imho, the winning lazy-friendly solution is this:
System > Preferences > Sound
And just tick 'Mute'.
@geofs: The method you've offered didn't work for me.Do not unplug your internal speaker or make boot scripts
Edit the .inputrc file in your home directory (create it if needed) and add the line
set bell-style visible
this will replace the beep by a flashing screen. You can replace 'visible' by 'none' to get nothing at all.
You can also add (or uncomment) this line in the general /etc/inputrc file to set the bell-style for all users (overriden in ~/.inputrc).
You have to log out to enable this setting.
PS: this also works in xterm/konsole/gnome-terminal
I'm using LMDE x64 (which is debian-based but very similar to ubuntu) and there was no .inputrc file in my home.
I could find /etc/inputrc but uncommenting the line you mentioned didn't affect anything.
But the method WolfJay_83 offered worked for me too. Thank you WolfJay_83.Turn off (mute) system beep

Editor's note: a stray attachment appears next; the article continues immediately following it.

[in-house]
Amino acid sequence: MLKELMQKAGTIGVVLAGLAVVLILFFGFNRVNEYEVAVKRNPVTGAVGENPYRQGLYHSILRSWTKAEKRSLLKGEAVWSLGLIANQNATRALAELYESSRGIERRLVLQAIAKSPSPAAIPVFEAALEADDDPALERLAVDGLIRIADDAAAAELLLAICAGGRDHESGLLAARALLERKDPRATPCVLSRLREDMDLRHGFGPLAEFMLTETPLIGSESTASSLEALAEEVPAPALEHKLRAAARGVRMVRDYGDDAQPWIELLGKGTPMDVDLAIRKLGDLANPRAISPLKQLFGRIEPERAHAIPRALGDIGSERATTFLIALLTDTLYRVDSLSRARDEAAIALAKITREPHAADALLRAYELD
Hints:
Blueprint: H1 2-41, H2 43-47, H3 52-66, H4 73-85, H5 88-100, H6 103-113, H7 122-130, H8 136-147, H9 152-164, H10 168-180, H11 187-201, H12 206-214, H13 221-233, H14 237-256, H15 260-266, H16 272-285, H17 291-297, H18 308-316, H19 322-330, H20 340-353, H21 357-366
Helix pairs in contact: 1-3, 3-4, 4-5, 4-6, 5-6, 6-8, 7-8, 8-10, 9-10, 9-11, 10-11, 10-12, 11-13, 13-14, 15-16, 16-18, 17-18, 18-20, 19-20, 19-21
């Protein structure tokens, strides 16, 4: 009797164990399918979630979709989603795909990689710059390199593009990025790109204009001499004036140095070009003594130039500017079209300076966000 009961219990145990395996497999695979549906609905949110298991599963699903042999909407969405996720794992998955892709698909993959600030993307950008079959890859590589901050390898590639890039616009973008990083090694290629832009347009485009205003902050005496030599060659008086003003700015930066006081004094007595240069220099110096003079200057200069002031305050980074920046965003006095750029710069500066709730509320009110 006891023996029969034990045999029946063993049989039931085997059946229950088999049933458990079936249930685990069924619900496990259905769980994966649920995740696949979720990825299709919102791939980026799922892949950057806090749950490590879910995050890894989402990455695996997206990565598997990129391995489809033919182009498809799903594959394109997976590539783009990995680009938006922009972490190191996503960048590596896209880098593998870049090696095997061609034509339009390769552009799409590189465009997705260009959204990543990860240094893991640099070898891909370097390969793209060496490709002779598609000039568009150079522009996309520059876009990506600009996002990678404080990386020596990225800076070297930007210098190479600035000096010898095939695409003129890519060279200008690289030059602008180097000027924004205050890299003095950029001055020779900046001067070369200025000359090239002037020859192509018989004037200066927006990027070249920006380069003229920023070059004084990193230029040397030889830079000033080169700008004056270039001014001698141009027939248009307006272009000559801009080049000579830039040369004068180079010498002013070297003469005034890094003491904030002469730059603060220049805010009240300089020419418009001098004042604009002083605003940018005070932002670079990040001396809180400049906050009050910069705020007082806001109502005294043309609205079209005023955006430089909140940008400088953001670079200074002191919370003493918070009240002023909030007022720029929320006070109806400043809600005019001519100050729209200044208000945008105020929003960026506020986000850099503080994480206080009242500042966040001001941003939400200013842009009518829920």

For anyone with a laptop who works in a library or other quiet area, system beeps every time you press the backspace key one too many times, or just using emacs, can be quite disturbing.
To shut them off:
open an xterm or terminal, and enter the two lines
xset b off
xset b 0 0 0
Hope this helps.
note: this does not work if run before X. To have it run as default, you can place it in your .xinitrc before the windowmanager. If you're using Gnome or KDE, it is probably easier to just turn off the "System Bell" or set it to "Visable Only" in your respective settings manager.
None of these methods worked for my Dell Latitude E6510. The shutdown beep was driving me crazy.
It turns out there is a hidden mixer in the volume control called, funnily enough, "Beep." If you make this visible in Volume Control preferences and mute it, the evil beep is gone. You can also probably do the same in alsamixer.